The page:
Americans caught up in international cyberespionage campaigns are routinely being left in the dark by the FBI, the U.S. Justice Department's watchdog said in a report published Monday.
The Justice Department's Office of the Inspector General said that advisory letters typically sent by the FBI to victims of cybercrime were almost never issued in "national security cyber cases," echoing a 2017 Associated Press report that found the FBI was routinely failing to warn targets of Russian hackers that their personal emails were under threat.
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The inspector general quoted the FBI's Office of Victim Assistance saying that out-of-date guidelines were among the problems that kept American victims of foreign spies from getting timely advice.
In a letter dated Dec. 21, 2018, and published alongside the report, the FBI said it agreed with the need to strengthen its procedures and said it was "imperative that victims of cybercrime are informed of their rights."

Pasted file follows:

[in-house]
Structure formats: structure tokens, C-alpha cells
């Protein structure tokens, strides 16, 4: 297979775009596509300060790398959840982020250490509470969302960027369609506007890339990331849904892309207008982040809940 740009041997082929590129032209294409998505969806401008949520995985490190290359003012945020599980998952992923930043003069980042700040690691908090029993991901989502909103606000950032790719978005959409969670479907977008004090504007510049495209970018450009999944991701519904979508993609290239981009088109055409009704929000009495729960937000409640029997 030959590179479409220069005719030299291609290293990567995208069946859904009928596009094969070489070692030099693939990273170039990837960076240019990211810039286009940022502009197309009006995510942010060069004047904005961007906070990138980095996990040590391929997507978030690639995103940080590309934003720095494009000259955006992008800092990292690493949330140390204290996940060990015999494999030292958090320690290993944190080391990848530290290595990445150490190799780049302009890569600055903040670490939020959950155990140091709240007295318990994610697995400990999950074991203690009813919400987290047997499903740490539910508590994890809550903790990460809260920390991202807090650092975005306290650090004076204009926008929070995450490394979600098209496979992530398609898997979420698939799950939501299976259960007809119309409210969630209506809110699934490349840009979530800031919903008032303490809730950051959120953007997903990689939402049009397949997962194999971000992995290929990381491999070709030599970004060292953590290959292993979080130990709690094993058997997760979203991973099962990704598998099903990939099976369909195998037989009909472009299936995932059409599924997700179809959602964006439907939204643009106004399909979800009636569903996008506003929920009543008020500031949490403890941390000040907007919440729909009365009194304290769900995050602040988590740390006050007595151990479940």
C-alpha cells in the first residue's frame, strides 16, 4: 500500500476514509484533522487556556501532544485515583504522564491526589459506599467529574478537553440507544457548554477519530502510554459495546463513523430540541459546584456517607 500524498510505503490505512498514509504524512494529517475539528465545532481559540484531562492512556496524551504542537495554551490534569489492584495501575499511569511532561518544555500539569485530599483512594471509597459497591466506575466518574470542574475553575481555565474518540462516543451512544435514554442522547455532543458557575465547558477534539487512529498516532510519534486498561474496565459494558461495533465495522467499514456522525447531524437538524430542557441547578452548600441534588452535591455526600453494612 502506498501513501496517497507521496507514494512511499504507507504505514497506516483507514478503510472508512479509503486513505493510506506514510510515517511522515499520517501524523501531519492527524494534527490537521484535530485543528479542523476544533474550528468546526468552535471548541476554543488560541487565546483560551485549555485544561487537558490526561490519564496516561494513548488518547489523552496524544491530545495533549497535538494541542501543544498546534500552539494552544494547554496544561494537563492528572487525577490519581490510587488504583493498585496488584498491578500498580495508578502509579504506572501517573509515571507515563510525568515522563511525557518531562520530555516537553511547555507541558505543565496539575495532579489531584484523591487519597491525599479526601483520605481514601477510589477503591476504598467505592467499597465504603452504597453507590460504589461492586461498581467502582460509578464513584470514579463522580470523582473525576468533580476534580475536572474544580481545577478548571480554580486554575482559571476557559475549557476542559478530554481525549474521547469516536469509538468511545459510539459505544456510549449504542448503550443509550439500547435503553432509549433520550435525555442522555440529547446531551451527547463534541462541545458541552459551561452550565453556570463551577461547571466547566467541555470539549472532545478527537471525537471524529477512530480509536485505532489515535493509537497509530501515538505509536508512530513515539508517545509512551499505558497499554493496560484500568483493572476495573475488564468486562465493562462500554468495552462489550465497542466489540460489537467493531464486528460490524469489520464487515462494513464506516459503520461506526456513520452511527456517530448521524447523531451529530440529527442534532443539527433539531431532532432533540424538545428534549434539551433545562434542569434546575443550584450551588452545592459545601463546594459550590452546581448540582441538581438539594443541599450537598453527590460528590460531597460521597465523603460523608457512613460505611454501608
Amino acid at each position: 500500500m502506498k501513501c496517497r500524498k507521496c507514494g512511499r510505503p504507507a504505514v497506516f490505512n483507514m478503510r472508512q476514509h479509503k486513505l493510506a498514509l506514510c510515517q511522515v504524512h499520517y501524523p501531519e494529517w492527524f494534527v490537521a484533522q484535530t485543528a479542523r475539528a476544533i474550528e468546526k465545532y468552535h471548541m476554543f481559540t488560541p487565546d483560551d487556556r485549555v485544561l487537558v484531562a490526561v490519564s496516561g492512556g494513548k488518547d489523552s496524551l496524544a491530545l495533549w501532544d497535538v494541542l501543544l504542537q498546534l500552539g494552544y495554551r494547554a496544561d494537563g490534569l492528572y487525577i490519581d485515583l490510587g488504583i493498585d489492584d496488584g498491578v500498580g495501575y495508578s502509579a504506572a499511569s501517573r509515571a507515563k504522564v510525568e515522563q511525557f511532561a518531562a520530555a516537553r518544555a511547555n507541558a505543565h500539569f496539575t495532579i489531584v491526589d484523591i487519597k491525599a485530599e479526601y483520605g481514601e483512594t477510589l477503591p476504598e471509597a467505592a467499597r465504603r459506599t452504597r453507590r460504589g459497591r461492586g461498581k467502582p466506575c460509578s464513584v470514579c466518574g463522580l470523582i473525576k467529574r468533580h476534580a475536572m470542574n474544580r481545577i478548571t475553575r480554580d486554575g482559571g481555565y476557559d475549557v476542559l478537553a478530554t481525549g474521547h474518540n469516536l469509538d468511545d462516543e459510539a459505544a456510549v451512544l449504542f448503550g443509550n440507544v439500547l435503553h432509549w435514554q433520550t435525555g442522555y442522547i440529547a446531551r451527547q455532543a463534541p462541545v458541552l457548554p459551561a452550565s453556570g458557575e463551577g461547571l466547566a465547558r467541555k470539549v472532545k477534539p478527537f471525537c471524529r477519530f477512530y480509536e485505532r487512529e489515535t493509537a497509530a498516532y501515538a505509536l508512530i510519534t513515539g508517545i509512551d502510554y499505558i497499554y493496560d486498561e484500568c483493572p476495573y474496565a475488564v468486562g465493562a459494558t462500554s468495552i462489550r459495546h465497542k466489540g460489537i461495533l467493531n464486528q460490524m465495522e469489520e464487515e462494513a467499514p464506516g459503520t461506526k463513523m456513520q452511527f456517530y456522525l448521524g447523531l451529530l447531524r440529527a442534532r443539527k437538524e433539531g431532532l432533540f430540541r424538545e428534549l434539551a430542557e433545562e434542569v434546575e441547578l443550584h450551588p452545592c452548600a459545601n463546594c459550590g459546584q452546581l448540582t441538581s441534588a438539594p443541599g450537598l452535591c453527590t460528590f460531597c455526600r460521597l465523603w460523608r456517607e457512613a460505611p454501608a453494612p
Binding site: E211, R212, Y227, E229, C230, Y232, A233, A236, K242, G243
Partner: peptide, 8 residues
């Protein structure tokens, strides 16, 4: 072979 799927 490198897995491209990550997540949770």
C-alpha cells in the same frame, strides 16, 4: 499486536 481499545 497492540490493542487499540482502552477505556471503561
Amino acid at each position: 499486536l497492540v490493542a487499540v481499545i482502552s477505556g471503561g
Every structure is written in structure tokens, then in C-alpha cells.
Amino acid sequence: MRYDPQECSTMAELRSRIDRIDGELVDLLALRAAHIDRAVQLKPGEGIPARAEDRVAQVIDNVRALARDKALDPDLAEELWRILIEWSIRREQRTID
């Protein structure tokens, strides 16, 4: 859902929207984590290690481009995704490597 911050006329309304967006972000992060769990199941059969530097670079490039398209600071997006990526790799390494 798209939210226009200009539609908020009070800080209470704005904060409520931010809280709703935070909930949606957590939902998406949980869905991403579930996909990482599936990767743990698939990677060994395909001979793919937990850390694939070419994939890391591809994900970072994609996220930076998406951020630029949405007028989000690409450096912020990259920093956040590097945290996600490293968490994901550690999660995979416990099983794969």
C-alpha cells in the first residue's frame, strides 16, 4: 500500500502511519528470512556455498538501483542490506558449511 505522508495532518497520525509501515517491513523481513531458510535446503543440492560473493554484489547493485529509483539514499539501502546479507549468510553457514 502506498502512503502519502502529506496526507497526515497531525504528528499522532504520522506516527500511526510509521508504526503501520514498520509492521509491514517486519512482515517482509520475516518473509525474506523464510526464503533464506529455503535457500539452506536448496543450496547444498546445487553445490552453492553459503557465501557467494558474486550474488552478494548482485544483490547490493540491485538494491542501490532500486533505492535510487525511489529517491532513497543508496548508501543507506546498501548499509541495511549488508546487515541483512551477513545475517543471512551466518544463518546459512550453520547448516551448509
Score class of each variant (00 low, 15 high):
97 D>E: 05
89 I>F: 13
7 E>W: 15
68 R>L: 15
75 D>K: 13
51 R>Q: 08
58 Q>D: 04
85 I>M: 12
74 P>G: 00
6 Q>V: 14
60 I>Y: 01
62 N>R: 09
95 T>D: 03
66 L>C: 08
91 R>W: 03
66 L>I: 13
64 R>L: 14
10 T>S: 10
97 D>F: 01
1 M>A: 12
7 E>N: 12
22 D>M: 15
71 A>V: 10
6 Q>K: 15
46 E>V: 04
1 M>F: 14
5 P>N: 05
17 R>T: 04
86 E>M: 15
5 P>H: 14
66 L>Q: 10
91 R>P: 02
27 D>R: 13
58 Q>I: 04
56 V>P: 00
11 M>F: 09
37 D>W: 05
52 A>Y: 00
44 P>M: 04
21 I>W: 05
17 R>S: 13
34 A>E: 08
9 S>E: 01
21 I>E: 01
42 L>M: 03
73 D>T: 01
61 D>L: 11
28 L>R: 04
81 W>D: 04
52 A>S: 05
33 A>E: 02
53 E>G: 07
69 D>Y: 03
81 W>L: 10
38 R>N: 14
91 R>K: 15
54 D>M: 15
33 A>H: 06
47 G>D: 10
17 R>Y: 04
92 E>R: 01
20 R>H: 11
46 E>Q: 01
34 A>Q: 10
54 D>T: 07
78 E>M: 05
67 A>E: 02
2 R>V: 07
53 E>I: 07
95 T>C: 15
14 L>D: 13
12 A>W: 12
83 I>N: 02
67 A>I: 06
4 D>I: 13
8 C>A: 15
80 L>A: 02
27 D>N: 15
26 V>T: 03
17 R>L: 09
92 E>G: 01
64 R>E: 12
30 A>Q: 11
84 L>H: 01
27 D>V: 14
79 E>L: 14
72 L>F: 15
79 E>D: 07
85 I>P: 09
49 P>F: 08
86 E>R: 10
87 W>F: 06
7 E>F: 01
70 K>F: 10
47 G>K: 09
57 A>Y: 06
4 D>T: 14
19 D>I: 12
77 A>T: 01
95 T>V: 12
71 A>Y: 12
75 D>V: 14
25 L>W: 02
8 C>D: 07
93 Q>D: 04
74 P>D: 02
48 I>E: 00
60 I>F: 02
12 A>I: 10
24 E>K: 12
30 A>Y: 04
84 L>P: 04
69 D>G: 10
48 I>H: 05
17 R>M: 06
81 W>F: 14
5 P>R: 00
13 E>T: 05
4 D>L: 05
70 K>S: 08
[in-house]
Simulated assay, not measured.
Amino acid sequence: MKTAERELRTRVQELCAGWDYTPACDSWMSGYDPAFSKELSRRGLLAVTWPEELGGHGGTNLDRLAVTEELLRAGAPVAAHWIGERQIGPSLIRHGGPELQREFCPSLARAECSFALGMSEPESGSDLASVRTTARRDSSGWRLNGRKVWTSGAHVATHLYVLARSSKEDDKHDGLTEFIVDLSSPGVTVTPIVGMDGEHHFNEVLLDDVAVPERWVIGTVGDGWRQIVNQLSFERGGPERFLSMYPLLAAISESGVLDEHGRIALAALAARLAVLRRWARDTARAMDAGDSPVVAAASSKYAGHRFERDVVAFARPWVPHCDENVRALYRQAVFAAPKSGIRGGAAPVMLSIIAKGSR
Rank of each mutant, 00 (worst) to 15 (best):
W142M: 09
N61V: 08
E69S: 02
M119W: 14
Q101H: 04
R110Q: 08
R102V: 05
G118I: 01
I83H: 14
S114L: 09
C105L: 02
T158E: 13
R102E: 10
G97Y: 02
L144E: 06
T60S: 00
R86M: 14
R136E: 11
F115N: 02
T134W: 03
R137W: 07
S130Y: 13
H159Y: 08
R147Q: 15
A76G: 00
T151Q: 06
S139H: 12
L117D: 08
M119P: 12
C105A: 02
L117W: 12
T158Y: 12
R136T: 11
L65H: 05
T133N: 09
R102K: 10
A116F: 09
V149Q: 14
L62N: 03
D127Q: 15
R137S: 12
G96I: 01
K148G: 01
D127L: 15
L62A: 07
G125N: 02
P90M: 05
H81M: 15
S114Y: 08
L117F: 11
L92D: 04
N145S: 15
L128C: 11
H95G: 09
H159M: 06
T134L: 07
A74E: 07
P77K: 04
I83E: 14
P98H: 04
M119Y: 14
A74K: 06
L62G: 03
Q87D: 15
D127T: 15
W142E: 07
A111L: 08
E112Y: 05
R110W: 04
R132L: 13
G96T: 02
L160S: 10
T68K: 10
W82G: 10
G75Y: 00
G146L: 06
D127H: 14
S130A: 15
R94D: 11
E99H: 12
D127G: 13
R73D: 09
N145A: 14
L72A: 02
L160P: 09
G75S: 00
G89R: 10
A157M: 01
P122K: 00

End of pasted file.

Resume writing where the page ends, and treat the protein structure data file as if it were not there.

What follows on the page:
Caring for the Americans caught in foreign hackers' crosshairs has shot up the agenda since Russian spies intervened in the 2016 election. An AP investigation found that only a handful of the hundreds of Americans targeted by the hackers received any help from the FBI.
Few if any appear to have heard anything since. Even former intelligence workers who have spent months trying to pry information from the government have been left none the wiser.
Authorities have shown "zero interest" in communicating, said Joe Mazzafro, a former U.S. Navy intelligence officer whose email was among those targeted by Russian hackers.
"Not even the proverbial 'thanks for your interest in national defense,'" he said.
A message seeking comment from the Office of the Inspector General was not immediately returned.
The Office of the Inspector General's report: https://oig.justice.gov/reports/2019/a1923.pdf